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Secret shame: Lifelong impact — Victims, families, society cope with effects of abuse

Published: Tuesday, March 18 2008 12:40 a.m. MDT

Social worker Angela Shields works with a 5-year-old. Shields explains that making a book about the abuse will get bad thoughts out of a child's mind so she can feel better.

Mike Terry, Deseret Morning News

Third in a four-part series.

Is she a victim or isn't she? Julie is 26 now. It's been more than 20 years since the first sexual assault happened, but she still struggles with that question.

Is she a victim or not?

Lately the young woman has been talking to friends about her childhood history — especially since everything blew up with her family and she's been having to relive the details again.

Her friends tell her she needs to get some professional help. "But I don't want to get help," Julie exclaims. "I don't want to be broken."

Julie is not her real name. She has a baby boy now, is married and is really trying to move away from the memory of childhood sex abuse that has continued to rear its head through her young life.

She was a toddler, she says, maybe 3 or 4, when her teenage stepbrother first started his abuse. She remembers it lasted until she was about 5. By then the damage was already done.

"My whole life, for as long as I can remember," said Julie. "I looked at myself as the neighborhood whore."

· · · · ·

"There's probably no form of abuse that's more damaging than sexual abuse," said Duane Betournay, Utah Division of Child and Family Services director. "It seems to take a lot longer for a child, if ever, to get better from that."

Of the 20,340 cases Child Protective Services investigated in Utah last year, 26 percent involved allegations of sexual abuse, second only to domestic violence.

Betournay called the figure shocking. "That speaks to how serious of an issue it is, not just in Utah but nationwide," he said.

Rape is the one violent crime in Utah that has been higher than the national average over the past several years. Yet only one in 10 rapes gets reported to authorities, according to the Rape in Utah survey.

The impact of sexual assault on Utah victims poses a huge concern for officials here.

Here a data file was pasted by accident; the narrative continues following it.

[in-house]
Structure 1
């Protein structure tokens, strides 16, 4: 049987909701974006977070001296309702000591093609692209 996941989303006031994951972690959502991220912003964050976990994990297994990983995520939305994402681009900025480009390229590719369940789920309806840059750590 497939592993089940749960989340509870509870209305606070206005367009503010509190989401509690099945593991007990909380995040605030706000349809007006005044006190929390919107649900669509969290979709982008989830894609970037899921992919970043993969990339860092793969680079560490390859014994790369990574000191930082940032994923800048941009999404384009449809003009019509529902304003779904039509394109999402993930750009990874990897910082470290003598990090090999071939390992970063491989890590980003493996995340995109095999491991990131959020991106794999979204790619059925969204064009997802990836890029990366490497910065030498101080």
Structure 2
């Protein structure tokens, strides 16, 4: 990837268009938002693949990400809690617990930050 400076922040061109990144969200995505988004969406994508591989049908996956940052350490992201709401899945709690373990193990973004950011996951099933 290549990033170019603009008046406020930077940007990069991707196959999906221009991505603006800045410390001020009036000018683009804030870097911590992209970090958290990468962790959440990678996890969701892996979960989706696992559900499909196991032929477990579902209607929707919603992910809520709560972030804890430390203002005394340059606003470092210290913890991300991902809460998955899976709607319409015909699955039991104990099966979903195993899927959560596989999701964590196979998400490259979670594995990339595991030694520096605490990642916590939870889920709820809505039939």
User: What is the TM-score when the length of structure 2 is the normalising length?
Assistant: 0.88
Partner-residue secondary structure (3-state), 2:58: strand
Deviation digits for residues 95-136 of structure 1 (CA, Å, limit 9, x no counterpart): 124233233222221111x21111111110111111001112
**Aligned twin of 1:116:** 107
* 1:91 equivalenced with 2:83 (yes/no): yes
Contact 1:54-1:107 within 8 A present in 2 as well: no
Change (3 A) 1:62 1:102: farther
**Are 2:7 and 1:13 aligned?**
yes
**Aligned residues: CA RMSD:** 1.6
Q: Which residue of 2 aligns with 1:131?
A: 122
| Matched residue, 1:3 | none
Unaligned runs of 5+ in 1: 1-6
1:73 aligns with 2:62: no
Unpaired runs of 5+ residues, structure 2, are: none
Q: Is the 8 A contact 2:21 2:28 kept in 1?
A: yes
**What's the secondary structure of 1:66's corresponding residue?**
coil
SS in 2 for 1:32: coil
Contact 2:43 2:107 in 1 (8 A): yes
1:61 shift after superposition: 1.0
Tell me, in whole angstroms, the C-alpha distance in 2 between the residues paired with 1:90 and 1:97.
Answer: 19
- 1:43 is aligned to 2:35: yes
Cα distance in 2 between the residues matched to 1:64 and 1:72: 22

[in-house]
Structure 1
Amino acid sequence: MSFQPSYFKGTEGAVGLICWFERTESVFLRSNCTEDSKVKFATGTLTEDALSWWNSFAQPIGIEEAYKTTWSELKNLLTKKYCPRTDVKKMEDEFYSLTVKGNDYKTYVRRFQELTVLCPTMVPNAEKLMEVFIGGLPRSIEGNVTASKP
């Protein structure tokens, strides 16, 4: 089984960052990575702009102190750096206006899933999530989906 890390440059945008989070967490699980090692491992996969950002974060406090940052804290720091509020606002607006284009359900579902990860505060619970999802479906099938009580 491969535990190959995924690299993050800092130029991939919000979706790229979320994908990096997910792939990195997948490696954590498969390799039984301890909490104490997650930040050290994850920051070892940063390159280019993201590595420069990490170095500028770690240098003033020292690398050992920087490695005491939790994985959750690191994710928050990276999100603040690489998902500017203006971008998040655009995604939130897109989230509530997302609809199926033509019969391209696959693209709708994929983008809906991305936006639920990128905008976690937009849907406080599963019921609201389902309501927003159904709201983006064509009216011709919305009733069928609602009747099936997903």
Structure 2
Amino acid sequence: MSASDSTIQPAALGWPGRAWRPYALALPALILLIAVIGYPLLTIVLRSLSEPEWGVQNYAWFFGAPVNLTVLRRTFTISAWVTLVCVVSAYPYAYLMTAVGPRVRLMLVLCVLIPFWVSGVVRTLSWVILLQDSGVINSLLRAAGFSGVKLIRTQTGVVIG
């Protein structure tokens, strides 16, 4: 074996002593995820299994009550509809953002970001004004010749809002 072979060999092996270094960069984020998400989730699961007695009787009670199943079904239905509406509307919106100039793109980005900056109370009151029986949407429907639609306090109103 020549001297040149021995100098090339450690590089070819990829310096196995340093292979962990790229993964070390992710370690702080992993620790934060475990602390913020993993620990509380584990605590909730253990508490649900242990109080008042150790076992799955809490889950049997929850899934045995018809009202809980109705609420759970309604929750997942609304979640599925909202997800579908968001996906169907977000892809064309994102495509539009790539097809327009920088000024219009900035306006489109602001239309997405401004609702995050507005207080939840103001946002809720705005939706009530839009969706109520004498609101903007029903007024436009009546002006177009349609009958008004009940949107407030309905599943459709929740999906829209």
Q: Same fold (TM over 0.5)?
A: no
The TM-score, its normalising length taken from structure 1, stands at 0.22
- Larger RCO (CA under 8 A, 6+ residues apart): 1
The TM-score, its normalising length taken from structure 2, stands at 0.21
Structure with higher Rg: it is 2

"It impacts a significant segment of people in our state, and I fear it's a growing problem," said Ron Gordon, head of the Office of Crime Victim Reparations.

It's not just the numbers that are devastating, Gordon said. "It's the impact on the victim and their family and the way people respond to this crime. We are creating a situation where people don't feel comfortable telling others about what's happened to them."

Those who do tell often aren't believed. For a host of complicated reasons, family members who learn of abuse often don't take action, and this further piles on the insult of abuse, victims say.

At a children's counseling center, a mother who agreed to allow a reporter to observe her 11-year-old daughter's recent treatment for sex abuse told the visitor she didn't know her husband was assaulting the girl. But in with the therapist, the girl said she had told her mom, but that her mother hadn't taken action then and was trying to figure out "what to do."

· · · · ·

What is so tricky about this kind of crime, say victims and their advocates, is the insidious ways the consequences of abuse show up.

Adult victims lose their sense of safety. They no longer view the world as a safe place. Those feelings are magnified if the abuse happened at home, work or school. They fear being assaulted again.

Many suffer symptoms of post-traumatic stress disorder. They experience recurring nightmares, intrusive thoughts, depression, sadness and loss of control.

Julie has had some of these symptoms and has struggled with self-image and eating disorders, too.

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